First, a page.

British physicists have simulated the evolution of cosmos based on the "Chameleon Theory", an alternative of general relativity, with the help of a supercomputer.
(File Photo: CGTN)
The new finding suggests that the theory of relativity may not be the only way to explain how gravity works in the evolution of the Universe.
The "Chameleon theory" is a new theory of gravity which suggests the effects of gravity can fluctuate following the changes in its environment.
"'Chameleon Theory' allows for the laws of gravity to be modified so we can test the effect of changes in gravity on galaxy formation," said Christian Arnold, a physicist at the Institute for Computational Cosmology at Durham University and co-author of the new study.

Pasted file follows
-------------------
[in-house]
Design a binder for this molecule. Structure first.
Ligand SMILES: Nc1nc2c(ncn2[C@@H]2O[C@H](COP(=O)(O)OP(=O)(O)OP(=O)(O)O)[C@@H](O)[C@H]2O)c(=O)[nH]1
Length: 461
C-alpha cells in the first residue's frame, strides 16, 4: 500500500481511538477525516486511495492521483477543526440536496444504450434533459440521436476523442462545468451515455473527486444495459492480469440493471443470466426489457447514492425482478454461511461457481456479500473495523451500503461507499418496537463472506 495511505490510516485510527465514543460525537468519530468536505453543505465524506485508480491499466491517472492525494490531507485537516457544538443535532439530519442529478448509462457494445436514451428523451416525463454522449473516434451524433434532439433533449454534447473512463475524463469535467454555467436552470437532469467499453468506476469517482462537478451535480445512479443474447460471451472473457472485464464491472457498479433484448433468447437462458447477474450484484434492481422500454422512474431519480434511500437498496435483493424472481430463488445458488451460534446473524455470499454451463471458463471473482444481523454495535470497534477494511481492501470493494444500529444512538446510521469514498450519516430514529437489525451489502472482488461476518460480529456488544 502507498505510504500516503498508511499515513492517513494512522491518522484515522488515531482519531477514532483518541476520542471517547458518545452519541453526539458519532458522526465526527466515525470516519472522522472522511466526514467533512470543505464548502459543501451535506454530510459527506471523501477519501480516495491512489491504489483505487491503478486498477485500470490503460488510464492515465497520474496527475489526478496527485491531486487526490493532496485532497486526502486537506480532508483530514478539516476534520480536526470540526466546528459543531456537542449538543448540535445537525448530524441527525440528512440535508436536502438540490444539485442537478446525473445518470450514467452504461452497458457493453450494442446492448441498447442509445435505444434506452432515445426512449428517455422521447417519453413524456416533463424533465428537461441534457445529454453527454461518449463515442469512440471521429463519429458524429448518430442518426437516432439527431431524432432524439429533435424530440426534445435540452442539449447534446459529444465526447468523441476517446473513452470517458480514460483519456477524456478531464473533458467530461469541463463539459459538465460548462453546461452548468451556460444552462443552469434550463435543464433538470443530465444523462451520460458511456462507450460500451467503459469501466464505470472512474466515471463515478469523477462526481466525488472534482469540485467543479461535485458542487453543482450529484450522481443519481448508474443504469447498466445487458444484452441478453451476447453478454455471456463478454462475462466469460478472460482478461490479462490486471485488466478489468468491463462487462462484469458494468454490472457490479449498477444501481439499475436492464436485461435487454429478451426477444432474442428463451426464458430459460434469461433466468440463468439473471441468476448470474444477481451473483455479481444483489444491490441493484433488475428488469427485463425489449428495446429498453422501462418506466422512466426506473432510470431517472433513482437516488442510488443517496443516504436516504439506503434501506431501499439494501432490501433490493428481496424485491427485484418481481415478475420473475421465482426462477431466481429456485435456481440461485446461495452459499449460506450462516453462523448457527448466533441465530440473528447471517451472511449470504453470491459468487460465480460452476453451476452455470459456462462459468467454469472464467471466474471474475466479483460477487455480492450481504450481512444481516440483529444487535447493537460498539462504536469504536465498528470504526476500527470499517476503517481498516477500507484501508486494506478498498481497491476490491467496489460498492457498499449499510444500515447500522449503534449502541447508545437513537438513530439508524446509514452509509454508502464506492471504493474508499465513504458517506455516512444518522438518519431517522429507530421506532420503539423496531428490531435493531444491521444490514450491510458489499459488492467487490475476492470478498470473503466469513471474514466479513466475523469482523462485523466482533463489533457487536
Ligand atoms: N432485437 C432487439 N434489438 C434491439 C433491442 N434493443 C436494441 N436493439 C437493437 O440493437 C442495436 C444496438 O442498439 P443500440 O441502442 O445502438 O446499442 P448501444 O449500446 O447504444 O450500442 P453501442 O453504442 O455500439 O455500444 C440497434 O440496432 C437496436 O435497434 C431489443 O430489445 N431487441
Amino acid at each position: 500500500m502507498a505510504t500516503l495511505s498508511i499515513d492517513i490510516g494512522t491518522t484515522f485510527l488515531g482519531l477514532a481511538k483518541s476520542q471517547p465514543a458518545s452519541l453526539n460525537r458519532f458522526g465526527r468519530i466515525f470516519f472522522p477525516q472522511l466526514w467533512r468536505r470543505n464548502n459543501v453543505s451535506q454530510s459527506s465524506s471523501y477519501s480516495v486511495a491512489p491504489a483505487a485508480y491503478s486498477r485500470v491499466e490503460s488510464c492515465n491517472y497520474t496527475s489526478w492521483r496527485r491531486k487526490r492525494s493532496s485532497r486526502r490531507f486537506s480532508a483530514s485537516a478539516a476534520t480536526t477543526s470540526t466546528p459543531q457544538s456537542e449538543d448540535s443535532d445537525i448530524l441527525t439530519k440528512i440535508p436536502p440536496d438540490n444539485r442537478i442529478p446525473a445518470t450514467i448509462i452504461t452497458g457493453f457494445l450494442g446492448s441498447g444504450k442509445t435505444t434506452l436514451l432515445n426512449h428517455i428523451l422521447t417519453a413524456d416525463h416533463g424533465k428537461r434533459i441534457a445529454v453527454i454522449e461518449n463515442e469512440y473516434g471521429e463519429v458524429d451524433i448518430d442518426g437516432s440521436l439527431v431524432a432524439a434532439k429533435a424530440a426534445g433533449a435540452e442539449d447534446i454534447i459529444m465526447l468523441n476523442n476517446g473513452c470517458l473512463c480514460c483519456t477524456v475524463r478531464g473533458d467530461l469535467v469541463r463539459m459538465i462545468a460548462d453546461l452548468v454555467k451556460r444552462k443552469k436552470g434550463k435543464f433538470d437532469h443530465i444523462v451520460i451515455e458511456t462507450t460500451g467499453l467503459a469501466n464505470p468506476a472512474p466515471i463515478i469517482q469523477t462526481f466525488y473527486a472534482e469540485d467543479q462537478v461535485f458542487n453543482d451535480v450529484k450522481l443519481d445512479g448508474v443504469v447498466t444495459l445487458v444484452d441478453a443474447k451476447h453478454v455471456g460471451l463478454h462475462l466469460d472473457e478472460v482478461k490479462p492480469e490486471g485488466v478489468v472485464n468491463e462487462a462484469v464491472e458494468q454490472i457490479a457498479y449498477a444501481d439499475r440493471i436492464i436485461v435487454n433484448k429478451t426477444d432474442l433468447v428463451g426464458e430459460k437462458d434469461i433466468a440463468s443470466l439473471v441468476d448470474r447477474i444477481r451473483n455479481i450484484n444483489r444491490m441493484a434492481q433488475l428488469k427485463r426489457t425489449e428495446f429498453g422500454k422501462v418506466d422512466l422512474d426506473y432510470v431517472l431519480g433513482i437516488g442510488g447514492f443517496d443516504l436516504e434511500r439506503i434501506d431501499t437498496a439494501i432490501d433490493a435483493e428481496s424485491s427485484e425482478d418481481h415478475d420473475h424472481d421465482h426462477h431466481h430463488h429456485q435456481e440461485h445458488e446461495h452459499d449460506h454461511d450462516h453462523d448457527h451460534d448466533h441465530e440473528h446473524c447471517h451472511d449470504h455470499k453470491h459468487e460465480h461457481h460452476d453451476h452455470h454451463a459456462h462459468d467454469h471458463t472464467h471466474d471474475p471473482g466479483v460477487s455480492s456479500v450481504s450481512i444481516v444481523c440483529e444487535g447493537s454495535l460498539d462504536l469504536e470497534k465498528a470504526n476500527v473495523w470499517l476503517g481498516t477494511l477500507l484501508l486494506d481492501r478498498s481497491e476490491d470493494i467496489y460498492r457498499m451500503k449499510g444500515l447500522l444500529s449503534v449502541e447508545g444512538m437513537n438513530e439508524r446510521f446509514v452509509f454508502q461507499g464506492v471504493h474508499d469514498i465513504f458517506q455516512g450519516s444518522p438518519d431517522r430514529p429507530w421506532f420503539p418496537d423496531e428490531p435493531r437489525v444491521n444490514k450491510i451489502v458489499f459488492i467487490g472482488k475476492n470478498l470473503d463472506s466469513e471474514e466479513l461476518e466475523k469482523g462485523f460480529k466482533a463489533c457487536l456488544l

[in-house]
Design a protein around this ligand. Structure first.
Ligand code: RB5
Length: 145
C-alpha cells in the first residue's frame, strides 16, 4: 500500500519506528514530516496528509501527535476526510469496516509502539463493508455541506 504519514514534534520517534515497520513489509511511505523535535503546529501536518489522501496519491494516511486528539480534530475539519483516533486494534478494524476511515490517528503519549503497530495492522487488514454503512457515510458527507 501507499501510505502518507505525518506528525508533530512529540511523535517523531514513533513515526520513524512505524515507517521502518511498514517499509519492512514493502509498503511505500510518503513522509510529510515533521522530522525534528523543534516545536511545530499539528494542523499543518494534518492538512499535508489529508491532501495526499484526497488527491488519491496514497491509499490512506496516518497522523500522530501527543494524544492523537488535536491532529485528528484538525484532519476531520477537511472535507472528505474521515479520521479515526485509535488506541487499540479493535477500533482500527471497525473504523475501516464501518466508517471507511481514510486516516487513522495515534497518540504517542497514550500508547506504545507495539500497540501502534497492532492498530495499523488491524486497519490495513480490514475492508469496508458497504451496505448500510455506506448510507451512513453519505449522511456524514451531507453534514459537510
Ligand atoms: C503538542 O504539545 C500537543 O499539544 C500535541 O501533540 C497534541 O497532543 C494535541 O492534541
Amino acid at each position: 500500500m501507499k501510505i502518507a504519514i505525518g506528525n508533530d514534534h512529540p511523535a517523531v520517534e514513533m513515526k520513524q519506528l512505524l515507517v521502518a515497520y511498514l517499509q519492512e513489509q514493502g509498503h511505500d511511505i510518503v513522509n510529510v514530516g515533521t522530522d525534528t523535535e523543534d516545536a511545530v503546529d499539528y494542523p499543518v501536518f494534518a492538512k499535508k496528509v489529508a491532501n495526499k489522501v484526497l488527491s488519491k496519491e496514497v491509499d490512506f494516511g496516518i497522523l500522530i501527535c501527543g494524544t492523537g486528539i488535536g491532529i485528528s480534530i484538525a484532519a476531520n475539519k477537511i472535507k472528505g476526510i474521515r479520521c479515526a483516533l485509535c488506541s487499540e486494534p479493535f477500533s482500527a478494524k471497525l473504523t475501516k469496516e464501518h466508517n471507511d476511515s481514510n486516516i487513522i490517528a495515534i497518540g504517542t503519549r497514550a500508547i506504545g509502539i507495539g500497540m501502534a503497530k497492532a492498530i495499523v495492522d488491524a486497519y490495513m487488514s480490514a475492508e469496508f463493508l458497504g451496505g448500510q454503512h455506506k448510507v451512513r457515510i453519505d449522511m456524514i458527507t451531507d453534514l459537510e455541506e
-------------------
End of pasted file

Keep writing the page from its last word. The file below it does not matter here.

"Through our simulations, we have shown for the first time that even if you change gravity, it would not prevent disc galaxies with spiral arms from forming," he added.
This does not mean the general relativity is wrong, "but it does show that it does not have to be the only way to explain gravity's role in the evolution of the Universe," Arnold noted. General relativity was developed by Albert Einstein in the early 1900s, in which gravity is described as a geometric property of space and time.
This research may also help identify dark matter, a hypothetical invisible mass that is believed to have a gravitational effect on galaxies and other bodies.
The research team plans to test their findings through the Square Kilometer Array (SKA), a group of radio telescopes located in Australia and South Africa, scheduled to run by mid-2020.